He continued his studies at the Madrid conservatory when he was 17. But he also studied law, because his father, an optometrist, worried how Rafael would earn a living. That concern dissipated once the son landed another theater job. “I earned 90 pesetas a day, which was a fortune for a student,” Frühbeck says. “Though my father didn’t like music as a business, he was impressed by this.”
Military service was compulsory for young men when Frühbeck came of age, but even that experience advanced his musical education. “In Franco’s time, you had to go to the military,” the conductor says. “But I won a competition to direct a military band—the second best job in the army. The first one I could not apply for, because that meant being a priest.”
He honed useful skills in the army. “To have a band to work with every day was very good for me,” he says. “I know many of the symphonies note by note because I had transcribed them then. But I knew something was missing in my education: the technique of an orchestra conductor.” Schooling in Munich changed that, and when he returned to Spain he was ready for his first real post, in Bilbao. Then—when he was just 29—he secured the most prestigious musical job in his homeland, serving as the Spanish National Orchestra’s principal conductor. His tenure spanned from 1962 to 1978, and there he cemented his reputation as arguably the world’s foremost interpreter of the Spanish masters, Falla in particular. He also made a justly admired orchestration of Albéniz’s Suite Española.
That long-serving stint also produced the name by which we know him, for the Franco regime couldn’t accept so highprofile a musician having such a foreign-sounding name. “My boss said, ‘I cannot explain every time about your name, which sounds German even though you are Spanish,’ ” the conductor says. “So I added Burgos.”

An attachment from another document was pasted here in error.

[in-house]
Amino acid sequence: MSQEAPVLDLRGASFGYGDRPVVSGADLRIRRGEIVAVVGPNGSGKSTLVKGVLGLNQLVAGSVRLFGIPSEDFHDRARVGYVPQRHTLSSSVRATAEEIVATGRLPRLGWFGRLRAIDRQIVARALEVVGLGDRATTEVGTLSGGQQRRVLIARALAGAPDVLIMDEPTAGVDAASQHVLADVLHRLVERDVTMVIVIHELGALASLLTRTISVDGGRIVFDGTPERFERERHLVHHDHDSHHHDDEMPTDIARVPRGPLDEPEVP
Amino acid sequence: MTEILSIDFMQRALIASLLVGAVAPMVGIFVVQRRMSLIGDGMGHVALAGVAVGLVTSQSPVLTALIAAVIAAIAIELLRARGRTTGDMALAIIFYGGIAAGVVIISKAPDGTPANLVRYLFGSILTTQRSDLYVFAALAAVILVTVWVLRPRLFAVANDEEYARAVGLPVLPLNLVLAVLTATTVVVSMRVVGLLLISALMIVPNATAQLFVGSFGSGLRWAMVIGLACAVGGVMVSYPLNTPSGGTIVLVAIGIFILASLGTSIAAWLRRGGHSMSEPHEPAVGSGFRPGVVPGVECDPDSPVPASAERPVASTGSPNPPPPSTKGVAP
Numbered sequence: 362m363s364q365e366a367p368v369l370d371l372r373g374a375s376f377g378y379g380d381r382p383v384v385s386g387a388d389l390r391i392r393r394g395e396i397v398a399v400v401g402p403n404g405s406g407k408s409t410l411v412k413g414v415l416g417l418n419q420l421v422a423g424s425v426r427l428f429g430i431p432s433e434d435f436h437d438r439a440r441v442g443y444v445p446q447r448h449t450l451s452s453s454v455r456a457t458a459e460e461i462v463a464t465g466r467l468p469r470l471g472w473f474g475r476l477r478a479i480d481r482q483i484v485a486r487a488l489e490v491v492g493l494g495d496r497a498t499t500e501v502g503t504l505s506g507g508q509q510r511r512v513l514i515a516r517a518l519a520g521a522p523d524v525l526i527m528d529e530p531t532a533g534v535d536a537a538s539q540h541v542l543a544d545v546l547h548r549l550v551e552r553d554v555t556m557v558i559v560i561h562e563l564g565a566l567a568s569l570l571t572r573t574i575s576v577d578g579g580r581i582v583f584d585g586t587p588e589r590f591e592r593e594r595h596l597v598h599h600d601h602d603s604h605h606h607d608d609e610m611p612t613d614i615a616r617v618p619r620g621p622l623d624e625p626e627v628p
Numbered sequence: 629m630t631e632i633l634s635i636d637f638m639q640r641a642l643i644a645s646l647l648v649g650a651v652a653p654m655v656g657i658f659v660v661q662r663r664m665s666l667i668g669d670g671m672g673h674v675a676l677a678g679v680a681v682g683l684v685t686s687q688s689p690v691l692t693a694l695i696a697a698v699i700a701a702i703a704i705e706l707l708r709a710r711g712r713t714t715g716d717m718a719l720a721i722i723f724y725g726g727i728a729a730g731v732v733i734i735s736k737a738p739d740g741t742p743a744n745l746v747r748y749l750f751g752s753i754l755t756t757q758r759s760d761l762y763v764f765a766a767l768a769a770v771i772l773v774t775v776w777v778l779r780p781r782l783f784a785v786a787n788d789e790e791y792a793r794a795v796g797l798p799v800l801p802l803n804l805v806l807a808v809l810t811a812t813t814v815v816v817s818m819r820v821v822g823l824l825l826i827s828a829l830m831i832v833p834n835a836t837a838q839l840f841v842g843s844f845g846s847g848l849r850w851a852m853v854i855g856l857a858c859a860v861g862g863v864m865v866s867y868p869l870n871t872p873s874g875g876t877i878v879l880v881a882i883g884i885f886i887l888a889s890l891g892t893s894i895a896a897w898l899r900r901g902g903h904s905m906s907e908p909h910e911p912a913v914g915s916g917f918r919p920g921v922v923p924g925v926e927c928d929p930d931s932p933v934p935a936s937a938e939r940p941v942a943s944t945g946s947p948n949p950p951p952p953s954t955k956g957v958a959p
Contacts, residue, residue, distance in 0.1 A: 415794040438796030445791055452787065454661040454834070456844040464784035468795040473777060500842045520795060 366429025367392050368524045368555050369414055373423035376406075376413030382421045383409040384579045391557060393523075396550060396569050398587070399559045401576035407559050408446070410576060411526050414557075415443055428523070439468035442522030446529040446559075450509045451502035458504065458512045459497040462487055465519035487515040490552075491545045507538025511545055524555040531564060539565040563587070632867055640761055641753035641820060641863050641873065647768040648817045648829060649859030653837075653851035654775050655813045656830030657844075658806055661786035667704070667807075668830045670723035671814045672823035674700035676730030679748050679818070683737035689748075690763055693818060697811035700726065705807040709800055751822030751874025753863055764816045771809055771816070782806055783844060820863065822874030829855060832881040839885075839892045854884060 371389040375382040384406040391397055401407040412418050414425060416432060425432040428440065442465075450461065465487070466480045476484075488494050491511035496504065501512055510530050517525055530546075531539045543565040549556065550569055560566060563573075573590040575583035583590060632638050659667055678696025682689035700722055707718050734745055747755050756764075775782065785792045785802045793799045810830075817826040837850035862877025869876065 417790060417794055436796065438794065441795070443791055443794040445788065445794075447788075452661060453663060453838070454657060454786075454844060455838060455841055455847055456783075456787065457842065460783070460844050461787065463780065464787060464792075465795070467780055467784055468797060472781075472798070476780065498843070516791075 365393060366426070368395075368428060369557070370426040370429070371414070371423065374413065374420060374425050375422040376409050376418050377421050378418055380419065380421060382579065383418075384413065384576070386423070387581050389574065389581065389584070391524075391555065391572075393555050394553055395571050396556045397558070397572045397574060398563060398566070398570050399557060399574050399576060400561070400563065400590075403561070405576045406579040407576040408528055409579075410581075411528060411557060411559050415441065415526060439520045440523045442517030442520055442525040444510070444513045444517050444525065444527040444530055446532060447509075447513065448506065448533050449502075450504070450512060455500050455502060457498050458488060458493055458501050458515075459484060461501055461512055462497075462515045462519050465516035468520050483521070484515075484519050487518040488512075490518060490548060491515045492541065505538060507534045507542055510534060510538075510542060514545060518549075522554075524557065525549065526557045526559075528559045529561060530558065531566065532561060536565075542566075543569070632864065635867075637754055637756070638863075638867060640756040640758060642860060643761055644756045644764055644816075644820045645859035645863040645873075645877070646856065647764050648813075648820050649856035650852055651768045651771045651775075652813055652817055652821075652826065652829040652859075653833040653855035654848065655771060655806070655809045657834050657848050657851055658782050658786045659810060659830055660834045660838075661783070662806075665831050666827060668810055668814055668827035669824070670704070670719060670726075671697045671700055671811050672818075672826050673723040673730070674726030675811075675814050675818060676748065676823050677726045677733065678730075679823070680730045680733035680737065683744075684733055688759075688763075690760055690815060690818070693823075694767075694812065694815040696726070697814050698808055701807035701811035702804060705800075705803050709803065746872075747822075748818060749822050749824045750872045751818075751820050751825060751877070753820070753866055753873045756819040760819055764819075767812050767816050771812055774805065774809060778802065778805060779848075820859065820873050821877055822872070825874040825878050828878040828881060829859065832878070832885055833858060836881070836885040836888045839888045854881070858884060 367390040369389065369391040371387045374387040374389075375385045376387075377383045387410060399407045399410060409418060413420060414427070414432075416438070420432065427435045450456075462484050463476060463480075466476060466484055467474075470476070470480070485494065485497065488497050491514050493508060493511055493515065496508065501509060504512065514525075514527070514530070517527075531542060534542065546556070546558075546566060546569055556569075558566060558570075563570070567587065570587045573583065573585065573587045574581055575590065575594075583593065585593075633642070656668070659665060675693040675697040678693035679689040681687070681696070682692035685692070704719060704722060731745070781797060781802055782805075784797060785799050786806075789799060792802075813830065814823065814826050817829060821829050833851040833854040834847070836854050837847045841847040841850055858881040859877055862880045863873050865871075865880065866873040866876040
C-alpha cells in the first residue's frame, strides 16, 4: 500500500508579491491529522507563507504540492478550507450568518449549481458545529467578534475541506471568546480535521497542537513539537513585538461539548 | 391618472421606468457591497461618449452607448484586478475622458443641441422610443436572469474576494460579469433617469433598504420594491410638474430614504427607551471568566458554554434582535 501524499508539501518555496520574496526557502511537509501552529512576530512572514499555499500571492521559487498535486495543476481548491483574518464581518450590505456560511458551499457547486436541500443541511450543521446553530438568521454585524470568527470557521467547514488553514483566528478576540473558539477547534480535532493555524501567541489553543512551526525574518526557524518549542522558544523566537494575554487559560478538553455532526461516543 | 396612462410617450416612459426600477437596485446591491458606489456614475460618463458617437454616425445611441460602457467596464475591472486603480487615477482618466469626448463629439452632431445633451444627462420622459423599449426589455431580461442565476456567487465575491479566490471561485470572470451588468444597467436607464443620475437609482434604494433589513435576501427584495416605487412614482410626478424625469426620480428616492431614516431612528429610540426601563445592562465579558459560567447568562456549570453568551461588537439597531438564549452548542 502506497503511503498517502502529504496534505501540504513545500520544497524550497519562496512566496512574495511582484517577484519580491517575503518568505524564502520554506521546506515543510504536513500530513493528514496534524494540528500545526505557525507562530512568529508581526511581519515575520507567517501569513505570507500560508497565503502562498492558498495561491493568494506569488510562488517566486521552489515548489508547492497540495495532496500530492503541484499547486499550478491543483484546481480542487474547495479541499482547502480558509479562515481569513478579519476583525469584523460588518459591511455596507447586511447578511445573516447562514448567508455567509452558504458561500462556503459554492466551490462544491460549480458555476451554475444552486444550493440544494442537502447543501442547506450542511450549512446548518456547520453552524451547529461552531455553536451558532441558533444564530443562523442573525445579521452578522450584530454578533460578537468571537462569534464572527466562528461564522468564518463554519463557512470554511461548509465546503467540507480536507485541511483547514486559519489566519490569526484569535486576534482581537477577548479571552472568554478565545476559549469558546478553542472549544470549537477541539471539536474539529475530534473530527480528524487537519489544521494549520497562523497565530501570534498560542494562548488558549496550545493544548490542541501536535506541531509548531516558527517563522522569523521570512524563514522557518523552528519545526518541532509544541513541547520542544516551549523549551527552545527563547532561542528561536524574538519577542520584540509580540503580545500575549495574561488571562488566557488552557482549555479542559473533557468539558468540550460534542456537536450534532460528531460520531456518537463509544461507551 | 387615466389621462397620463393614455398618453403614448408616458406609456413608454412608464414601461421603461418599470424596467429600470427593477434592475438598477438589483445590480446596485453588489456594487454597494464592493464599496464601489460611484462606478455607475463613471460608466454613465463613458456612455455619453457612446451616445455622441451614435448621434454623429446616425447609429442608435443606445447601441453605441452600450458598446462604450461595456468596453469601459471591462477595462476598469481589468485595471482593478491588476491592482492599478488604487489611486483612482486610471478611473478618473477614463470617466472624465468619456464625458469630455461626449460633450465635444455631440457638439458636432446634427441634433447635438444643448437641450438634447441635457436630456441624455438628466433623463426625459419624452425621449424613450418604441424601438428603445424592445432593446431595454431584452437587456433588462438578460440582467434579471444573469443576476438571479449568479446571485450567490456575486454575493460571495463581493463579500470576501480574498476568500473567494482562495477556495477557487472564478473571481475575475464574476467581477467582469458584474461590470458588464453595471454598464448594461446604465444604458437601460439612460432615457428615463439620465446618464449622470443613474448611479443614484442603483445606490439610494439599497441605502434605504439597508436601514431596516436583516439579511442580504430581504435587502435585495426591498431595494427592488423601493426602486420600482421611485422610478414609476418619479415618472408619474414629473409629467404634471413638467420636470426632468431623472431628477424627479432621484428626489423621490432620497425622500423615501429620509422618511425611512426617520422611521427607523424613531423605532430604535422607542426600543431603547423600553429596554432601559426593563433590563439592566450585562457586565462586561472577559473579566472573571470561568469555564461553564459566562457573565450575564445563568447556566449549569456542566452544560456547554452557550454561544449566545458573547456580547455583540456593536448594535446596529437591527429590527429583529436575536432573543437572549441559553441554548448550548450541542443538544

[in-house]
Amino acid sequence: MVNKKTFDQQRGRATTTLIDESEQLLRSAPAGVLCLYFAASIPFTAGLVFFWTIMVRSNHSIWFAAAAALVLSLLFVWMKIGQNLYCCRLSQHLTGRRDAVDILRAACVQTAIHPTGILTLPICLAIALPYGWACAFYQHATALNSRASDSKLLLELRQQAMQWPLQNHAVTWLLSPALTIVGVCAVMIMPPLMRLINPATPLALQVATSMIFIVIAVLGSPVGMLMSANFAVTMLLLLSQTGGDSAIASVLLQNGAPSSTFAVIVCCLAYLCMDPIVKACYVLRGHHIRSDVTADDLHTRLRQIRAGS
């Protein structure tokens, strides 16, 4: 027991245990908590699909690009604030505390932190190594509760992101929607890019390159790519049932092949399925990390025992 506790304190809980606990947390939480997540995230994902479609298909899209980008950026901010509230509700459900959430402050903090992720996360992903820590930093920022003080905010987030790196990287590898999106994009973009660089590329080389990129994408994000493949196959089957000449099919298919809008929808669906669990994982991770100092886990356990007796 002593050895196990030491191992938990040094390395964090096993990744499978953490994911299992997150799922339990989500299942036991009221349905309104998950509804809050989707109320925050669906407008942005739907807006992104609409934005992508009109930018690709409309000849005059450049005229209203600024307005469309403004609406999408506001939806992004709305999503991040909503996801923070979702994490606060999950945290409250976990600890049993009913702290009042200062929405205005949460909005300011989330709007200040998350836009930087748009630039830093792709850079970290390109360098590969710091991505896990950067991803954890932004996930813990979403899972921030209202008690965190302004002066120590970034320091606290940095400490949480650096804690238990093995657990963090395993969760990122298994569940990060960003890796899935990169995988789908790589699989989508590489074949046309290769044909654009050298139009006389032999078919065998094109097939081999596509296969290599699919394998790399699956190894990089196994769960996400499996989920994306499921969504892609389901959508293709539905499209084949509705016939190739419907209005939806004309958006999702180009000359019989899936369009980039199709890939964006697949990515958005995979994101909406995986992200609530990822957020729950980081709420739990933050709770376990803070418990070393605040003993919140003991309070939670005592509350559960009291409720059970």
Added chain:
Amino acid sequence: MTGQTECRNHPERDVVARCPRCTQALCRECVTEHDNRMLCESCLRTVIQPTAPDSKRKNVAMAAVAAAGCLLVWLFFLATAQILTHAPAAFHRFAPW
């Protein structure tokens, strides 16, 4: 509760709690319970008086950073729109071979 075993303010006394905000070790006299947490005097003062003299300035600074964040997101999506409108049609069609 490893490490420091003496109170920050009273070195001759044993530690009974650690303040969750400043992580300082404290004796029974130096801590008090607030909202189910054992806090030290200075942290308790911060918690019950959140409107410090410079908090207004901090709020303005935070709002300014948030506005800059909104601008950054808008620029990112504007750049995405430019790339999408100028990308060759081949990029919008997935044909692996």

Frühbeck’s repertory is so broad—up to 700 works in his estimation—that it may seem he has no specialties. In fact, he has proved himself adept in various areas. Brahms dominates this season, with cycles in Dresden and Burgos, where a new hall is to be inaugurated. His professional regrets are few, but not insignificant: “There is one orchestra that I have not conducted, and that is the Vienna Philharmonic. Also the Concertgebouw. And I never have conducted any Russian orchestra, though I may conduct the Mariinsky. But all the others I think I have done—at least the big ones.”
If little has eluded Musical America’s Conductor of the Year in the symphonic repertory, that’s not the case with opera. “I did around 30 operas during my six years at the opera house, but there are least another 200 I would like to conduct,” he acknowledges, “among them Rosenkavalier, Tristan, and Zauberflöte. If I started my career again and did not conduct any of the pieces I have conducted, I still would not be able to do all I want to. There’s so much!” •
David Mermelstein writes about classical music for the Wall Street Journal, the Los Angeles Times, BBC Music Magazine, and MusicalAmerica.com. For a decade he reviewed classical recordings for the New York Times.